Why we tend to view two options as more distinctive when evaluating them simultaneously then separately.

What is Distinction Bias?

Distinction bias describes how, in decision-making, we tend to overvalue the differences between two options when we examine them together. Conversely, we consider these differences to be less important when we evaluate the options separately.

Why do we value immediate rewards more than long-term rewards?

What is Hyperbolic Discounting?

Hyperbolic discounting is our inclination to choose immediate rewards over rewards that come later in the future, even when these immediate rewards are smaller.

Why do we value items more if they belong to us?

What is the Endowment Effect?

The endowment effect describes how people tend to value items that they own more highly than they would if they did not belong to them. This means that sellers often try to charge more for an item than it would cost elsewhere.

Endowment Effect

Why do we believe our horoscopes?

What is the Barnum Effect?

The Barnum effect, also commonly referred to as the Forer Effect, describes when individuals believe that generic information, which could apply to anyone, applies specifically to themselves.1

Why do we overestimate the probability of success?

What is Optimism Bias?

The optimism bias refers to our tendency to overestimate our likelihood of experiencing positive events and underestimate our likelihood of experiencing negative events.

Optimism Bias

Why don’t we pull the trolley lever?

What is the Omission Bias?

The omission bias refers to our tendency to judge harmful actions as worse than harmful inactions, even if they result in similar consequences.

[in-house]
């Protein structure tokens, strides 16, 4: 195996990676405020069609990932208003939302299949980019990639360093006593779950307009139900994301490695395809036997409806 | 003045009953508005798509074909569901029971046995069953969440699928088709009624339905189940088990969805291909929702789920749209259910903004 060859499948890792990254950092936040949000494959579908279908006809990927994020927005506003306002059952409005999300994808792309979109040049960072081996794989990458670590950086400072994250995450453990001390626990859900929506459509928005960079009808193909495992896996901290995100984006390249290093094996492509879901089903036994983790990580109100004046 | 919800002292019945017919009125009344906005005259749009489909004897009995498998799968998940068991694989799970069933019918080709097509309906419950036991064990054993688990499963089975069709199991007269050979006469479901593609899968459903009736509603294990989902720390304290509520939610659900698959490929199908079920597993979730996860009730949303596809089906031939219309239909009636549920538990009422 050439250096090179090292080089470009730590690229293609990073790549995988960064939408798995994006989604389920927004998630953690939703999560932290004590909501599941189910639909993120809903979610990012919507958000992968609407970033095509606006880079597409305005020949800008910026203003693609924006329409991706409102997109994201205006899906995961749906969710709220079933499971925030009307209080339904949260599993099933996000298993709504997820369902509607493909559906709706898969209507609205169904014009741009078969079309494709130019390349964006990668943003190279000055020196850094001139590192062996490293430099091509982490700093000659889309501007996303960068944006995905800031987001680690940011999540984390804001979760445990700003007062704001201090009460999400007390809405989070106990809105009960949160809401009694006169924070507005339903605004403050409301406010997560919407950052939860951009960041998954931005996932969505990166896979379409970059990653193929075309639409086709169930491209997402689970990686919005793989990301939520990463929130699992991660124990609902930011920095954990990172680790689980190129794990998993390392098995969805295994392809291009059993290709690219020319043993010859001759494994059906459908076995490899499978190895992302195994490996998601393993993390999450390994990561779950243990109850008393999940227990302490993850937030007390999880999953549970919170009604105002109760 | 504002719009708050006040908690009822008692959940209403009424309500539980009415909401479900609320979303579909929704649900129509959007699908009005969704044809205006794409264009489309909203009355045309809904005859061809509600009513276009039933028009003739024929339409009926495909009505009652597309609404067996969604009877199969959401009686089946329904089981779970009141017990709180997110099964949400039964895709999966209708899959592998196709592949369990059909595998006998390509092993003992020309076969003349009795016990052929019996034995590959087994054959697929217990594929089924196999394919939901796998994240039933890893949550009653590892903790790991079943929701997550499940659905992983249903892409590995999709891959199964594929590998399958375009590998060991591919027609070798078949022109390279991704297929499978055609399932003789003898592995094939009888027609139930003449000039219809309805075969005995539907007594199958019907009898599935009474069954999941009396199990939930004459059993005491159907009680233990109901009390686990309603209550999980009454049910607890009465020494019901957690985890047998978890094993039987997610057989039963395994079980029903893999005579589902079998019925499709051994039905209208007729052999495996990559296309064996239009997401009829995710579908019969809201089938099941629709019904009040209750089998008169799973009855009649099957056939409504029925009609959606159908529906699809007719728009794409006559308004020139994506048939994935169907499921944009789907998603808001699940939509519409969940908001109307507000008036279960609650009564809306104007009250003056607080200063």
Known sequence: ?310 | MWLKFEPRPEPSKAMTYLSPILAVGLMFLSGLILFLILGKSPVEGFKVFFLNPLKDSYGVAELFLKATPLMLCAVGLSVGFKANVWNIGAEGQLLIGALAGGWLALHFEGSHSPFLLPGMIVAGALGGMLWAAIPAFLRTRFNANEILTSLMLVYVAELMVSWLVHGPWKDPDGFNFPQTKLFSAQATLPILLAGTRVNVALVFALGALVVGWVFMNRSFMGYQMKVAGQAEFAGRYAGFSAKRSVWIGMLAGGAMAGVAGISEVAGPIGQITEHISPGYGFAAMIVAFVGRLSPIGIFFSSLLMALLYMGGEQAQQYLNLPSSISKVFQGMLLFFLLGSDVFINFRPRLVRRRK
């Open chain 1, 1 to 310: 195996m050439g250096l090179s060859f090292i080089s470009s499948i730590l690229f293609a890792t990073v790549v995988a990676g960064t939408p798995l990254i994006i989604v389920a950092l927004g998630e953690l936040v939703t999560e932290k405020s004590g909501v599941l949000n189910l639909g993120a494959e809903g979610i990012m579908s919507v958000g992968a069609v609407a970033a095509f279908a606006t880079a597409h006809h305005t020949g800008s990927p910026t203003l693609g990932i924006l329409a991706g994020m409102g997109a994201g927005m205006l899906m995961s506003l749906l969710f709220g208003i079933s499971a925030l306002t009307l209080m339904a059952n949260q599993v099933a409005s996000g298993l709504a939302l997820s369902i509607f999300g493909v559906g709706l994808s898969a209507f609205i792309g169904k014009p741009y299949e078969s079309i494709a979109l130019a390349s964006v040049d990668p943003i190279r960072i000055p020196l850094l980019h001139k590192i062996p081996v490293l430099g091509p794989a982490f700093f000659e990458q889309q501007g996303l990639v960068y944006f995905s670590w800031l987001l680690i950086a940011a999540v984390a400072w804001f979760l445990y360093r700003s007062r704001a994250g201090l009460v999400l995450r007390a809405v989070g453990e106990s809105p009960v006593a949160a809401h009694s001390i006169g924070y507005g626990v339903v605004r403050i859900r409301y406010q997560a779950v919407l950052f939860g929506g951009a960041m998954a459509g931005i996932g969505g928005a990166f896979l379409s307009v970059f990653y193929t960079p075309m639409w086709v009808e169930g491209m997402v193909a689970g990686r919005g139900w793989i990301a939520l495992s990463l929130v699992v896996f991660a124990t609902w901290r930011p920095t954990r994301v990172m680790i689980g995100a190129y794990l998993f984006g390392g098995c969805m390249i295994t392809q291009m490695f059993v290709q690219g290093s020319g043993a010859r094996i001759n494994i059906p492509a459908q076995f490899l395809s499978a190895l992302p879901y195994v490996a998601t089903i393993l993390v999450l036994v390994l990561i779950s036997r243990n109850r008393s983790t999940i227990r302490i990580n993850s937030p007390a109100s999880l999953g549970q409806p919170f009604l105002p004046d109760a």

Why is the news always so depressing?

What is the Negativity Bias?

The negativity bias is a cognitive bias that results in adverse events having a more significant impact on our psychological state than positive events. Negativity bias occurs even when adverse events and positive events are of the same magnitude, meaning we feel negative events more intensely.1

Negativity Bias

Why do we prefer to ignore negative information?

What is the Ostrich Effect?

The ostrich effect, also known as the ostrich problem, is a cognitive bias that describes how people often avoid negative information, including feedback that could help them monitor their goal progress. Instead of dealing with the situation, we bury our heads in the sand, like ostriches. This avoidance can often make things worse, incurring costs that we might not have had to pay if we had faced things head-on.

Why do our preferences change depending on whether we judge our options together or separately?

What is the Less-is-better Effect?

The Less-is-better Effect describes how people sometimes prefer the worse of two options, but only when the options are presented separately. When people consider both their choices together, their preferences reverse, so that the less-is-better effect disappears.